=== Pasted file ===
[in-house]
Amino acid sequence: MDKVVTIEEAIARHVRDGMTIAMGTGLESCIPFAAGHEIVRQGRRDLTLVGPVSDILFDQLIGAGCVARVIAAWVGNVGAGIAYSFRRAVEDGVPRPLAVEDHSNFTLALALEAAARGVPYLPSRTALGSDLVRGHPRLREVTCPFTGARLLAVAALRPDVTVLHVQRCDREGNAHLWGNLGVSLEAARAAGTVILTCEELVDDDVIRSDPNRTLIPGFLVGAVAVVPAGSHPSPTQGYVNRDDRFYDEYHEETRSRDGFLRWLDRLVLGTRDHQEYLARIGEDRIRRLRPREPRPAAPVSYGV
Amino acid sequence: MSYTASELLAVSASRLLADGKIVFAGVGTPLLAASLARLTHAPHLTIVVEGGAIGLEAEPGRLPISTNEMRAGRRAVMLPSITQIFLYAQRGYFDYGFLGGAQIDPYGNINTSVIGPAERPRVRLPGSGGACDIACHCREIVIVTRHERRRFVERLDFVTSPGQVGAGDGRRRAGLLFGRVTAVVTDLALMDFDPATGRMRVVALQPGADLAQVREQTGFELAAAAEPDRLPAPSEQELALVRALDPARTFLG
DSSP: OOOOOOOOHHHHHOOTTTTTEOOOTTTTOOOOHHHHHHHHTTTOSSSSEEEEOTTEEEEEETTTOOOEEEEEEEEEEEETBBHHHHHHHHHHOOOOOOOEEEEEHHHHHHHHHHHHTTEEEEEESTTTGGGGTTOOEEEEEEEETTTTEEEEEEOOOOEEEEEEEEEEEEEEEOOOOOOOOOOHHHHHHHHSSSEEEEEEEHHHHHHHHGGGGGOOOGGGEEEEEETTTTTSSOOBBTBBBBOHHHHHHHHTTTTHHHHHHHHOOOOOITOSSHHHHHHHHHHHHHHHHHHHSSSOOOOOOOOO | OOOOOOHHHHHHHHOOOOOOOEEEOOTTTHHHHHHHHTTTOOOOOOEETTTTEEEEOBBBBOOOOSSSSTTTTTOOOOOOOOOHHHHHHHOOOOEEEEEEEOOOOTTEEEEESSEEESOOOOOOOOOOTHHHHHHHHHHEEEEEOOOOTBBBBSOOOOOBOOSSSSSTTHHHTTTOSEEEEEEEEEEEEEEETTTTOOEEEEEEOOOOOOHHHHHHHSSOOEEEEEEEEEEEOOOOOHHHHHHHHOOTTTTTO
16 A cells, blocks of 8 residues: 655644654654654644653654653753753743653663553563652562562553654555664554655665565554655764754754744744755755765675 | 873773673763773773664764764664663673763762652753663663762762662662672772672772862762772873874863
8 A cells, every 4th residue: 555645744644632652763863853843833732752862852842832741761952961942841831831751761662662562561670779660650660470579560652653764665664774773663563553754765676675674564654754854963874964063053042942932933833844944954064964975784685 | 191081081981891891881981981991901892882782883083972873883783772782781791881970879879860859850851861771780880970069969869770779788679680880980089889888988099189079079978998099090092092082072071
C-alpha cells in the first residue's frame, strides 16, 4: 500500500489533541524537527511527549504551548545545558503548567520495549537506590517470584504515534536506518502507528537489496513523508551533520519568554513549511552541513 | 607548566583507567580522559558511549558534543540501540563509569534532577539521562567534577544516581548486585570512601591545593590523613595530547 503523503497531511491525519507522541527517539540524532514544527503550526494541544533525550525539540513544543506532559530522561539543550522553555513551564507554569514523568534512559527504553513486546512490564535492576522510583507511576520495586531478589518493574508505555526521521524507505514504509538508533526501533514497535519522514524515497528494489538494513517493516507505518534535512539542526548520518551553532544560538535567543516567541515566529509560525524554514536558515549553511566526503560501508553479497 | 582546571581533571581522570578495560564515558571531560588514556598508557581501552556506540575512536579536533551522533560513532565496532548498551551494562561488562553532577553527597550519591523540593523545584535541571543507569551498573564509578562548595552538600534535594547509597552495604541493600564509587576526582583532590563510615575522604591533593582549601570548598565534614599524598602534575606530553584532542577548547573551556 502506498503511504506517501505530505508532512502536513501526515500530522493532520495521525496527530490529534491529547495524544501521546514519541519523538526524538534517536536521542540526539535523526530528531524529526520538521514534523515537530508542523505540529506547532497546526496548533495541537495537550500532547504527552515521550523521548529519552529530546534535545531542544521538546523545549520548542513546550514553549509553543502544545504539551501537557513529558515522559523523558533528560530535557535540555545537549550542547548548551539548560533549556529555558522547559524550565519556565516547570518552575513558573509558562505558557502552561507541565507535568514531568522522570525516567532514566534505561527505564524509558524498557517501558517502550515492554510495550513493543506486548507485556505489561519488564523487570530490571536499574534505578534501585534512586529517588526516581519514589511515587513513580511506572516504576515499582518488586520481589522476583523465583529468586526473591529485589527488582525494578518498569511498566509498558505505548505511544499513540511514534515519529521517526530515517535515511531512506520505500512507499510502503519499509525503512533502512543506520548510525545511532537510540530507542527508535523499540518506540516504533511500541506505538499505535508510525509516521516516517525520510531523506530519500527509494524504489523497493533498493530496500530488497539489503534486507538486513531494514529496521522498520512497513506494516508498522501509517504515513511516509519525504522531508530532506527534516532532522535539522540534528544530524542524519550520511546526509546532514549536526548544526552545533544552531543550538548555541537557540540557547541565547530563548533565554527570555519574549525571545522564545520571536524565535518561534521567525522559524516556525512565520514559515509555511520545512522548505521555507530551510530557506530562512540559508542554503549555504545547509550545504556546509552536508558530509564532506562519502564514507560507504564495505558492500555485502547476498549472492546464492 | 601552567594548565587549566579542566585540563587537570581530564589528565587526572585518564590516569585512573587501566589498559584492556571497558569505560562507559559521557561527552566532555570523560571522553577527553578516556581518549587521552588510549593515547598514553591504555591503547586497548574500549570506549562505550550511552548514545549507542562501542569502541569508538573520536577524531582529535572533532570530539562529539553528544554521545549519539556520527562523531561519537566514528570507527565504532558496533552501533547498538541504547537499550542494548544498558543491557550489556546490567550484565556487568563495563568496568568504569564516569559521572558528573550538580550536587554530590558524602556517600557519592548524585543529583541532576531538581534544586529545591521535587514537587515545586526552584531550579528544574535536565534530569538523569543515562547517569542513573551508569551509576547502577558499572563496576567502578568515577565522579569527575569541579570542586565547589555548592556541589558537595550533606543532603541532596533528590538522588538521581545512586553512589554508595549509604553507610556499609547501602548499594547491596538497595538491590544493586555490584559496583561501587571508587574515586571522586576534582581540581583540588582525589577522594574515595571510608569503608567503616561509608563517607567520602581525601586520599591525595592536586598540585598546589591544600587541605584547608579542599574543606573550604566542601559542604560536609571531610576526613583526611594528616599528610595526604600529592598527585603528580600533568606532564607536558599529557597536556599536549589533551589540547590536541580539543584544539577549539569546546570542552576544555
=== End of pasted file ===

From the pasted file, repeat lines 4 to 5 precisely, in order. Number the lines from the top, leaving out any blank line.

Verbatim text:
DSSP: OOOOOOOOHHHHHOOTTTTTEOOOTTTTOOOOHHHHHHHHTTTOSSSSEEEEOTTEEEEEETTTOOOEEEEEEEEEEEETBBHHHHHHHHHHOOOOOOOEEEEEHHHHHHHHHHHHTTEEEEEESTTTGGGGTTOOEEEEEEEETTTTEEEEEEOOOOEEEEEEEEEEEEEEEOOOOOOOOOOHHHHHHHHSSSEEEEEEEHHHHHHHHGGGGGOOOGGGEEEEEETTTTTSSOOBBTBBBBOHHHHHHHHTTTTHHHHHHHHOOOOOITOSSHHHHHHHHHHHHHHHHHHHSSSOOOOOOOOO | OOOOOOHHHHHHHHOOOOOOOEEEOOTTTHHHHHHHHTTTOOOOOOEETTTTEEEEOBBBBOOOOSSSSTTTTTOOOOOOOOOHHHHHHHOOOOEEEEEEEOOOOTTEEEEESSEEESOOOOOOOOOOTHHHHHHHHHHEEEEEOOOOTBBBBSOOOOOBOOSSSSSTTHHHTTTOSEEEEEEEEEEEEEEETTTTOOEEEEEEOOOOOOHHHHHHHSSOOEEEEEEEEEEEOOOOOHHHHHHHHOOTTTTTO
16 A cells, blocks of 8 residues: 655644654654654644653654653753753743653663553563652562562553654555664554655665565554655764754754744744755755765675 | 873773673763773773664764764664663673763762652753663663762762662662672772672772862762772873874863